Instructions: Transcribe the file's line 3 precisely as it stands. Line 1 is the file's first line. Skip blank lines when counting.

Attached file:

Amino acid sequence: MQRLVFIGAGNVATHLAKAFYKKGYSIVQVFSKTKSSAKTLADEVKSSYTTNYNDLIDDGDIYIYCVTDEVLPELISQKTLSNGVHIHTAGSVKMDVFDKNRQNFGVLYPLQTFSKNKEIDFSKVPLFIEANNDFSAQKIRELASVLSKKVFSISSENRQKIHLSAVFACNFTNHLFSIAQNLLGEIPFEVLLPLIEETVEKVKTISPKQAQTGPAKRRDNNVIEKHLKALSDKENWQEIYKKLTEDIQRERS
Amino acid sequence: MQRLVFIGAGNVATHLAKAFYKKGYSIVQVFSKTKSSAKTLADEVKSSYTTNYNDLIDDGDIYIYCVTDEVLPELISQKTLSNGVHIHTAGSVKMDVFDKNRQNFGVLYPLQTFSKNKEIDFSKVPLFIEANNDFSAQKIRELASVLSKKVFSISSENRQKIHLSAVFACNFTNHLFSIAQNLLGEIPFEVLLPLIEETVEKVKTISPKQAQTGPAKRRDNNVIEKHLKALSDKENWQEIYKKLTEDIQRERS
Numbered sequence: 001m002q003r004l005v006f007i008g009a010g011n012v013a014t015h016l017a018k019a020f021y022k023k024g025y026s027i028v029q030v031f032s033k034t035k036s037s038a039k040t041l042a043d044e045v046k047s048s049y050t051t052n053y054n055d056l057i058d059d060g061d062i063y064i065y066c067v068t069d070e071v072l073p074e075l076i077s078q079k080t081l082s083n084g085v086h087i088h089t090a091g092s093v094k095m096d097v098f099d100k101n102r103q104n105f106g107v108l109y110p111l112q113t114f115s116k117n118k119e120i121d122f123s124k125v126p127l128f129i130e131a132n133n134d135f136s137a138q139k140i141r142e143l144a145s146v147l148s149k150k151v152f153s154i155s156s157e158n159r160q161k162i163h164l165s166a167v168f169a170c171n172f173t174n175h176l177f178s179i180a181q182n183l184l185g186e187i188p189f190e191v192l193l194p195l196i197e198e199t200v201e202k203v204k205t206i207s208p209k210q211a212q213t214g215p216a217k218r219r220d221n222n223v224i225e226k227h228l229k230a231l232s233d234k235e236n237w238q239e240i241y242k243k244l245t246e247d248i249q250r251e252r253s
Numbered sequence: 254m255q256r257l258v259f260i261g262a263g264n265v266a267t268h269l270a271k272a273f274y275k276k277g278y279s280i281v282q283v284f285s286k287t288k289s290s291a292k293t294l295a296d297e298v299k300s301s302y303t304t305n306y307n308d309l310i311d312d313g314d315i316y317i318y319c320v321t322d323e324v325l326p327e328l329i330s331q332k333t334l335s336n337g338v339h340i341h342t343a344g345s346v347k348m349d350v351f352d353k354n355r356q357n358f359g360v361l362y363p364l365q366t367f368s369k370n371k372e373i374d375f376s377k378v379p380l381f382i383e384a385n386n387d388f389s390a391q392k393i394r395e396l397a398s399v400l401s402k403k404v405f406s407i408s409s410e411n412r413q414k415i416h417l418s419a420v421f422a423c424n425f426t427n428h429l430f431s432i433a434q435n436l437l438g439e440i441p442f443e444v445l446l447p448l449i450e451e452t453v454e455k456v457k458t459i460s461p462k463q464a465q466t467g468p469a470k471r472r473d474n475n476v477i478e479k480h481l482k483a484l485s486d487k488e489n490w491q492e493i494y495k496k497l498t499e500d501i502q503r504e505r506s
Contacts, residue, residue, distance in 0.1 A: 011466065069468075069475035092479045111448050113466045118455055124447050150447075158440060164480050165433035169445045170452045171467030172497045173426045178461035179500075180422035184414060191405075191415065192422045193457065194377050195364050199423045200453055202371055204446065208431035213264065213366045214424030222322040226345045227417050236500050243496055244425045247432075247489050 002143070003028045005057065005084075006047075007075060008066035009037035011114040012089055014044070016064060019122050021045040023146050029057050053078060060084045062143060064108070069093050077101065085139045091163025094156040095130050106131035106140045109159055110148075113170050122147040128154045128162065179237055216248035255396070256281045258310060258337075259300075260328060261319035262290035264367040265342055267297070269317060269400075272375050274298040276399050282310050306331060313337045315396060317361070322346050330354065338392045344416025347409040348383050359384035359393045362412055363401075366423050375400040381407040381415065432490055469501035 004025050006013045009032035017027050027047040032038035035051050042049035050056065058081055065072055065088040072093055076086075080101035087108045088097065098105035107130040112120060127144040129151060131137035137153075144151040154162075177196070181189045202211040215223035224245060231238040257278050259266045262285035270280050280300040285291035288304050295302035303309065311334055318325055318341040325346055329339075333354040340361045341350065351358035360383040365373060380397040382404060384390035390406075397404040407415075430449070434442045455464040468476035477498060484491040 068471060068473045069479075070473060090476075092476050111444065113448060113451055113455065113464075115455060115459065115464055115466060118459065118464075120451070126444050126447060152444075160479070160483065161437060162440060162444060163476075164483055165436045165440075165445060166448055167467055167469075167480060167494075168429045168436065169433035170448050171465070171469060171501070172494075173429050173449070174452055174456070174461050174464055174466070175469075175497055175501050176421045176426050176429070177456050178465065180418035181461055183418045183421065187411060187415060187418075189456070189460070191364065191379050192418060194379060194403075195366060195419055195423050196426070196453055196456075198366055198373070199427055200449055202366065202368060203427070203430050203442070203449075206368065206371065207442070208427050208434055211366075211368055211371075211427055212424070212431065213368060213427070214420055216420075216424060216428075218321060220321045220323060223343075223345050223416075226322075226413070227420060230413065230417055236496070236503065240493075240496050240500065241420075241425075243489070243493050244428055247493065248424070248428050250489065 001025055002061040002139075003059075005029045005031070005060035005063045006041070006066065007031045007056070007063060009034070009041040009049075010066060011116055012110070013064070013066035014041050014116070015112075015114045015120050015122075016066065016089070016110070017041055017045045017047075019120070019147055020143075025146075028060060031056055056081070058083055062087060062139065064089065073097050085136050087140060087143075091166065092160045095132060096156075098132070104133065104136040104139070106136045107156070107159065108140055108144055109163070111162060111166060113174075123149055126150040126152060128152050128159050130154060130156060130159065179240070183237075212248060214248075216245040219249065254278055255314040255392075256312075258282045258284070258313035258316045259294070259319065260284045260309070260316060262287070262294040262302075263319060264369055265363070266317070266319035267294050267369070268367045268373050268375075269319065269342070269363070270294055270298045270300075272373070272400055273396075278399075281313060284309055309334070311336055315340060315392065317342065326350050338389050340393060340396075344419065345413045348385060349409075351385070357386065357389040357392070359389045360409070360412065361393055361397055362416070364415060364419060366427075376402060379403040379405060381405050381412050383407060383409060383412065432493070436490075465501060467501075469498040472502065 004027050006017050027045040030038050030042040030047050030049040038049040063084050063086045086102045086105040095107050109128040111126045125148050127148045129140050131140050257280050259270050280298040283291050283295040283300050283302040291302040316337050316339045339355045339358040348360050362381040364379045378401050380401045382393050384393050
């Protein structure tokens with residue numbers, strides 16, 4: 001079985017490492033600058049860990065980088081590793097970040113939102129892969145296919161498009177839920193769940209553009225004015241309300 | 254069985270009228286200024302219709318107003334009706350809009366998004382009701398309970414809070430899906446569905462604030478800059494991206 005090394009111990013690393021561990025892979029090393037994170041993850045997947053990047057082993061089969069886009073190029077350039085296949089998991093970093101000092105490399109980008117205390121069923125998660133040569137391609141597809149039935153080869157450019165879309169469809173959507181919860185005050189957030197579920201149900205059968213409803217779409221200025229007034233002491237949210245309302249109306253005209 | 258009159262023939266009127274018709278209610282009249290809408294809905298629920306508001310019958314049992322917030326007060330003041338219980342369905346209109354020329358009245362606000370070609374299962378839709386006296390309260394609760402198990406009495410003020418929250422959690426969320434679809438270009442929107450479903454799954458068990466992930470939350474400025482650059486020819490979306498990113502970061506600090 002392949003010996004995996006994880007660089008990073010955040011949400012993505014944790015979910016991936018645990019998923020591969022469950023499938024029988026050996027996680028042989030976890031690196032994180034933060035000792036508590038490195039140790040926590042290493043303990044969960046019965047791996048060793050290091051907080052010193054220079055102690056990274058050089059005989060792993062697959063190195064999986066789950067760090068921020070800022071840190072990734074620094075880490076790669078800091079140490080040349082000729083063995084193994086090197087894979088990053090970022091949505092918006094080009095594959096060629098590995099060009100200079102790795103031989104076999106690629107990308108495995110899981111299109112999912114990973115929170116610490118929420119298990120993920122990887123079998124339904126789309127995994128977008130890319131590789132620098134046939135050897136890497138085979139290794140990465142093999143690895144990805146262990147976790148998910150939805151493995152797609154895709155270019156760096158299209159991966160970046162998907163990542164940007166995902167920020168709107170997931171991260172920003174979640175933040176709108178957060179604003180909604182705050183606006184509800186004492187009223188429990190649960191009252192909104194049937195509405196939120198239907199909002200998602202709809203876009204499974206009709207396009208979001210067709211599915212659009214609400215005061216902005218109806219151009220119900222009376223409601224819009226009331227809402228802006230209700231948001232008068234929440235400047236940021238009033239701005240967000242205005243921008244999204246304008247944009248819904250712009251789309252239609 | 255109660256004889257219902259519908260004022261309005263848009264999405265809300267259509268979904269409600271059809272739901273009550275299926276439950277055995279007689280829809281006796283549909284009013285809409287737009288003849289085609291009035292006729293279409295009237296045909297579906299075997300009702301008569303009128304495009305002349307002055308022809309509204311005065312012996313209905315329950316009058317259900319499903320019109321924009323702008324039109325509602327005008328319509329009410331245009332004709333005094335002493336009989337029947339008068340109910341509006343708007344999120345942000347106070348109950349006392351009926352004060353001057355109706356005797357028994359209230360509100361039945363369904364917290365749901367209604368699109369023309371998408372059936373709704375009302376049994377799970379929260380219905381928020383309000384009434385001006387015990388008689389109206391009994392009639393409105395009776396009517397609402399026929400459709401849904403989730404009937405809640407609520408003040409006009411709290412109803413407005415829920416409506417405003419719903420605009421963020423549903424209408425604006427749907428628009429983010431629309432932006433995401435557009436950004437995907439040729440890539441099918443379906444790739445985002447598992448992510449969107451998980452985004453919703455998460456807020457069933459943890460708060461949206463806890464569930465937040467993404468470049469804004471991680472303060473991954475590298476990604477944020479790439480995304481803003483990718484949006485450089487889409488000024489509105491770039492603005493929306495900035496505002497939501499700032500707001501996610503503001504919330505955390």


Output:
Numbered sequence: 001m002q003r004l005v006f007i008g009a010g011n012v013a014t015h016l017a018k019a020f021y022k023k024g025y026s027i028v029q030v031f032s033k034t035k036s037s038a039k040t041l042a043d044e045v046k047s048s049y050t051t052n053y054n055d056l057i058d059d060g061d062i063y064i065y066c067v068t069d070e071v072l073p074e075l076i077s078q079k080t081l082s083n084g085v086h087i088h089t090a091g092s093v094k095m096d097v098f099d100k101n102r103q104n105f106g107v108l109y110p111l112q113t114f115s116k117n118k119e120i121d122f123s124k125v126p127l128f129i130e131a132n133n134d135f136s137a138q139k140i141r142e143l144a145s146v147l148s149k150k151v152f153s154i155s156s157e158n159r160q161k162i163h164l165s166a167v168f169a170c171n172f173t174n175h176l177f178s179i180a181q182n183l184l185g186e187i188p189f190e191v192l193l194p195l196i197e198e199t200v201e202k203v204k205t206i207s208p209k210q211a212q213t214g215p216a217k218r219r220d221n222n223v224i225e226k227h228l229k230a231l232s233d234k235e236n237w238q239e240i241y242k243k244l245t246e247d248i249q250r251e252r253s